As usual, the plan is to do as much work as we can ourselves. But there are a few things out of our comfort zone (namely plumbing, electricity and framing), so Chuck met with "T"(not his real name), a handyman/carpenter on Wednesday to go over the plan. He's reasonably priced and seems to have a passion for fixing up old houses, so we hired him. He sent us this:

We start demo tomorrow!!

First Bathroom Remodel pics

It occurred to me while writing my last post that I never posted finished pics of our first bathroom remodel.

Here is the before:

And here's the finished product:

Unfortunately, it's so small, it's impossible to get it all in one shot. Here's the sink area

And here's the linen closet (which I left blurry cuz it's a bit of a mess):

We still have some finishing touches left to do. We need a threshold for the door and the closet door, and I need to touch up the walls around the closet where the stain bled onto the paint. I learned how to properly apply stain after this project. The closet used to have a door, which was one of our early stripping projects. But I came to find out the panels in the middle were plywood, so it wasn't even worth my efforts to strip and stain. I'll probably end up putting up a curtain or something. Someday...

Thursday, August 16, 2007

Back in Business

I can't believe it's been almost a year since I posted! That goes to show you how much longer things take than you think they will. It's not that we've done nothing in the last 11 months, just nothing that I've been motivated enough to sit down and blog about. However, I just started a full-time job and I have a bit more time at work for personal stuff than I did as a freelancer. Not a lot, but at least enough that I can write the occasional post. Everything in moderation, right?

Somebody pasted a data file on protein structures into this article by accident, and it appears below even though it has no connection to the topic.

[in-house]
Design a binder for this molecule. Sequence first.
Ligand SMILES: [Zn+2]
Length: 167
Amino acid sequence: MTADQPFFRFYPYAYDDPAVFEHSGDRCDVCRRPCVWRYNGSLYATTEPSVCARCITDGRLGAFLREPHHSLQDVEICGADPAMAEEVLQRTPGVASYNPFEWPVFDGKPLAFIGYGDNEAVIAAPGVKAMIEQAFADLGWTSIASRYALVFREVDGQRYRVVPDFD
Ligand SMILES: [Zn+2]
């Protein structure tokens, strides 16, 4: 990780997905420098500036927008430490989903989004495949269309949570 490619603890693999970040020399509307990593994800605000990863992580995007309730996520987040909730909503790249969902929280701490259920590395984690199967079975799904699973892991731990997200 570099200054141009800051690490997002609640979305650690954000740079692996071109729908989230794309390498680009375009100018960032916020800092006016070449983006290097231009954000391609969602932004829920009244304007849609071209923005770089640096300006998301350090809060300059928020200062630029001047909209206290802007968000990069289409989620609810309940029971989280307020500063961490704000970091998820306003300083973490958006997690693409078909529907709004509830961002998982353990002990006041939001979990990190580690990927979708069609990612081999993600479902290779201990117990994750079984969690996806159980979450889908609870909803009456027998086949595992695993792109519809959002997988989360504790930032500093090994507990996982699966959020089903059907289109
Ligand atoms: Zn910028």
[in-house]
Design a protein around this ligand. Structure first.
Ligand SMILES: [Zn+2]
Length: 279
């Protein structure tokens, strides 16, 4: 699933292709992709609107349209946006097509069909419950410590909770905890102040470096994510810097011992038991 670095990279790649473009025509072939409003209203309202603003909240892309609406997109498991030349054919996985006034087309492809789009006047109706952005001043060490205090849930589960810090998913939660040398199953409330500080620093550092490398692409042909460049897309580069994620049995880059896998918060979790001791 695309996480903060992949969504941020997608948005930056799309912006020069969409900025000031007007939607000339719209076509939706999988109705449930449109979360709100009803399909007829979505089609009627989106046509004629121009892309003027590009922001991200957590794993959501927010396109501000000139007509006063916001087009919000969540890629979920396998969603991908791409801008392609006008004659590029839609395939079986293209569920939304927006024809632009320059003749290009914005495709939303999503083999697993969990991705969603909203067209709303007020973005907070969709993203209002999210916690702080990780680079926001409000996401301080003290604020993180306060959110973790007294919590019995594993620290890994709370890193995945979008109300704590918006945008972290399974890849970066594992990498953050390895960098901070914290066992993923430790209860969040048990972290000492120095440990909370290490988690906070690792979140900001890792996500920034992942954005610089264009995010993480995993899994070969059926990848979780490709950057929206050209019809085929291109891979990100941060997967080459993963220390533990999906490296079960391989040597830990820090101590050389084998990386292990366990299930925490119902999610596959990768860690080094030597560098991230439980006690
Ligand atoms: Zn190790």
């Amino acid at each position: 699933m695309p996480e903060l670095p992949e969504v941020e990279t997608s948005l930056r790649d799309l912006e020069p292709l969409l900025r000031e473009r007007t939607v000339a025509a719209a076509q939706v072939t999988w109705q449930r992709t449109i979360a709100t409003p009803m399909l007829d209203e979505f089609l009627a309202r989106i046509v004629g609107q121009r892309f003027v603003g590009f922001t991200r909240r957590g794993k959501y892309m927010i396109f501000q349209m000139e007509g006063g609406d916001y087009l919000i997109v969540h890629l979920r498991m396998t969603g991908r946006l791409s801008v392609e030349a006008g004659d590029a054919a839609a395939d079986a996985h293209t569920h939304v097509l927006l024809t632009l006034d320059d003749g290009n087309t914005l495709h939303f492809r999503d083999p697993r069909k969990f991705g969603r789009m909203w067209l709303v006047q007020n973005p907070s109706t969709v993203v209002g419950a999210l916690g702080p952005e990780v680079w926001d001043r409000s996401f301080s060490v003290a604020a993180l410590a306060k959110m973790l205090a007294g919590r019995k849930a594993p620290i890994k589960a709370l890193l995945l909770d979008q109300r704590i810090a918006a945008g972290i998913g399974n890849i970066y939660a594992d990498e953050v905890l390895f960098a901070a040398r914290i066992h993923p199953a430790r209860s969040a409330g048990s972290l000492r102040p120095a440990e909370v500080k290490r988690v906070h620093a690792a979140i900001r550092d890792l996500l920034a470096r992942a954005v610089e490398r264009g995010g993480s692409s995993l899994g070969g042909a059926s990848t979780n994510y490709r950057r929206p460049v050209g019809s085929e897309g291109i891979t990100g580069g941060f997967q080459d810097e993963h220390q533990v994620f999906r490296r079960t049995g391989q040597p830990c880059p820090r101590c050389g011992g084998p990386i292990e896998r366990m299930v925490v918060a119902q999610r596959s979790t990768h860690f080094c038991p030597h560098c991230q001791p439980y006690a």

We made a trek to Ohio over Memorial day weekend, and drove back some furniture that my Grandma gave us. My very favorite new addition to our household is this sideboard that we've repurposed into a bar.

My Grandpa's parents bought this in the 1930's, and it has been a fixture in my grandparents' house since I can remember. My very dear Grandpa passed away last year, so it means so much to me that it is now in our house. We planted this dogwood for him in our front yard, and we call it Charlie. I'm so excited to watch it grow.

We bought it to complement our oddly-shaped-cute-little front yard that Chuck slaved away on last fall. It looked a lot better before this summer's drought, and the subsequent watering ban.

I was initially really bummed about the watering ban, b/c we had just paid for and planted a bunch of perennials that were just getting started. However, crafty Chuck rigged this up to our A/C condensation tube, as an environmentally responsible way to water all of the plants in the yard. It fills up every day and a half, and cost about $20 to make.

More function than fashion, but it certainly serves its purpose. He also made one in the back that connects to our dehumidifier in the basement, and drains outside into a bucket on the back patio. So it's a little more labor intensive than the hose, but we've got more water than we ever need. And it's free! That being said, somehow, our water bill has gone up. Please explain this to me.

The one big project we finally did do (did do?) was to remodel our sunroom, which was very very exciting. This is how it originally looked when we moved in:

Revamping was actually a 2 step process, that we began sometime ago. We started out envisioning a cottage style sun porch, and we were almost there. Our last big thing was to install the big whitewashed plank floors a la the decadent pages of Cottage Living . So we painted the walls a pale green, I made little cottage curtains with fabric from my $1/yd fabric plac, and we started researching how to create and install the floors. This is how it was shaping up: